The Case of Comrade Serge

Richard Fidler rfidler at
Thu Feb 14 12:37:04 MST 2002

Los Angeles Times
Sunday, February 10, 2002

The Case of Comrade Serge
VICTOR SERGE: The Course Is Set on Hope, By Susan Weissman, Verso: 320 pp.,


     Biography has many tasks, the most salient of which is obviously the
re-creation of a human personality for subsequent generations. Sometimes,
this duty takes the form of a rescue operation, by which the record of an
important life is prevented from toppling into oblivion. And sometimes, too,
it is necessary to redeem a reputation from calumny. At the point where this
is done properly, biography may shade into history and alter the way in
which we view an epoch. Susan Weissman's study of Victor Serge meets all the
above conditions.
     The life of her subject was a near microcosm of the fate of the
revolutionary left in the 20th century. Born to a family of Russian
revolutionary exiles, Serge was brought up in Belgium--the Belgium of King
Leopold's Congo and the Belgium that furnished the pretext for World War I.
His early life was that of an outsider; almost a bandit, in the louche
anarchistic milieu that flourished after the fin de siecle. But the events
of October 1917 caused him to mutate from rebel to revolutionary. He made
his way back to the country of his forebears and hoped to see it transformed
into the first socialist workers' republic.
     You might think that the rest of the story--disillusionment followed by
deportation, imprisonment, persecution, exile and death--more or less wrote
itself. But you would be mistaken. Not only did Serge put up a fight against
Stalin every step of the way, he also committed almost all of his thoughts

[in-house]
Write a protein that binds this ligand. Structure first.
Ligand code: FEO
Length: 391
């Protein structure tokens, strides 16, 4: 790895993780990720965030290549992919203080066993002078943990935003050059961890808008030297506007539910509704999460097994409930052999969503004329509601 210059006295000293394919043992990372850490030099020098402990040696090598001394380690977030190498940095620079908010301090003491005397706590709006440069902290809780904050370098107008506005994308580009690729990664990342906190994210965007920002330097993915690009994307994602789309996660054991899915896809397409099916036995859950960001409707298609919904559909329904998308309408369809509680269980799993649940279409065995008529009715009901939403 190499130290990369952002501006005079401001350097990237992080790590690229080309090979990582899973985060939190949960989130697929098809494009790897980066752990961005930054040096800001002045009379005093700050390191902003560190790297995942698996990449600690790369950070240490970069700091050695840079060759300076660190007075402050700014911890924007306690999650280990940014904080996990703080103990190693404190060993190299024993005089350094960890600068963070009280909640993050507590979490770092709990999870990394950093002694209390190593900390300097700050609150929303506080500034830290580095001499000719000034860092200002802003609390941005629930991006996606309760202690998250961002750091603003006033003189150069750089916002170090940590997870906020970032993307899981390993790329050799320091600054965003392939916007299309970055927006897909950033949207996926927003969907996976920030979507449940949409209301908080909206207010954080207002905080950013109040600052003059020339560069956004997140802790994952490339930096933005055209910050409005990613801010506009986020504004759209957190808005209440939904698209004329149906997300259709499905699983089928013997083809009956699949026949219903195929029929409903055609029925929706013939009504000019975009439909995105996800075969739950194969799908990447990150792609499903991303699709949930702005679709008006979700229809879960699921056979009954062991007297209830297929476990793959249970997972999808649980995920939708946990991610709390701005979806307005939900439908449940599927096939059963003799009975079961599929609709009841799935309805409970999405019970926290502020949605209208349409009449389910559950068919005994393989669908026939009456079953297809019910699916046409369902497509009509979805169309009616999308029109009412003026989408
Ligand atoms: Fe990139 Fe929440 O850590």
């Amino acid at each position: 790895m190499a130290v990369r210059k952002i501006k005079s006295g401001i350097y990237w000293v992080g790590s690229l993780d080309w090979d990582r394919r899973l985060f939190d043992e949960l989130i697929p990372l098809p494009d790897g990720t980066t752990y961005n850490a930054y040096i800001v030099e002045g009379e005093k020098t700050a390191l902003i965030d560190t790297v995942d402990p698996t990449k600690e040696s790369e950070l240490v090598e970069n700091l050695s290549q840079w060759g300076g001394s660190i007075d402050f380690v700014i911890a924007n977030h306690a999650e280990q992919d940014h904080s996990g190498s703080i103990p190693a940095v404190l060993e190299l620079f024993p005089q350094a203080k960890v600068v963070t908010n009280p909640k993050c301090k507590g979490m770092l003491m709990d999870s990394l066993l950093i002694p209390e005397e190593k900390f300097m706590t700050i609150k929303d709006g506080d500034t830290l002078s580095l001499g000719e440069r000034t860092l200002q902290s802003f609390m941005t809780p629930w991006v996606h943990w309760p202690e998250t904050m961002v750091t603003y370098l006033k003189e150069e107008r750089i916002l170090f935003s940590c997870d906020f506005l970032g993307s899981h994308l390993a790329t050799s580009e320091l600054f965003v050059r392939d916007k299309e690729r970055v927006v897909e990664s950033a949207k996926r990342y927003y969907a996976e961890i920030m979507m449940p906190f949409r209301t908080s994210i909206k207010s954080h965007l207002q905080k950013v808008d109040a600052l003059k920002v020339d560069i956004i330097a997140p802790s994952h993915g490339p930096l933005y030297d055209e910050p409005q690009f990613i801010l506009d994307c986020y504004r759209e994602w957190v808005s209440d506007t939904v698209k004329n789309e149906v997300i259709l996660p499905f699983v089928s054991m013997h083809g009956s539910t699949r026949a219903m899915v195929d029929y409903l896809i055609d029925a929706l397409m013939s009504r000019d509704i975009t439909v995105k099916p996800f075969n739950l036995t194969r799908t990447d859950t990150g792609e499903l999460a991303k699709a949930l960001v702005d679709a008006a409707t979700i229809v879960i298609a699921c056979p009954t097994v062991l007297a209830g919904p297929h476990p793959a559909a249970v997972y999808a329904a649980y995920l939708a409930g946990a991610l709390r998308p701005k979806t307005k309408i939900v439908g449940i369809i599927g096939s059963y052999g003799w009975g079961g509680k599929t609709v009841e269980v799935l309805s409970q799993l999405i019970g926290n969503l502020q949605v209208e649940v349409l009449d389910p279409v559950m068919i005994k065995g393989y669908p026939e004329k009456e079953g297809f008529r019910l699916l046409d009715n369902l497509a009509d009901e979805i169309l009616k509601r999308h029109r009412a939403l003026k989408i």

and experiences to paper (often at vast risk to himself), and much of this
imperishable trove has survived. The archive includes some essential
personal reminiscences and glimpses of real people and real events. It also
includes a novel--"The Case of Comrade Tulayev"--which many think comparable
to the work of George Orwell and Arthur Koestler as a fictional depiction of
the moral nightmare of Stalinism and which has the additional distinction of
having been written by a survivor of same. Serge also produced--and
preserved in memory after the original pages had been destroyed by
police--almost the only volume of gulag verse that has come down to us.
     Weissman has set herself three objectives: to bring Serge to life; to
honor the struggle of the left opposition, whose bravery in the face of
Stalinism has received insufficient credit from historians; and to show
that, when Serge differed from the left opposition, he was generally
correct. This is an amazingly intricate project, and it involves her in
writing against most of the preconceptions of the left as well as of the


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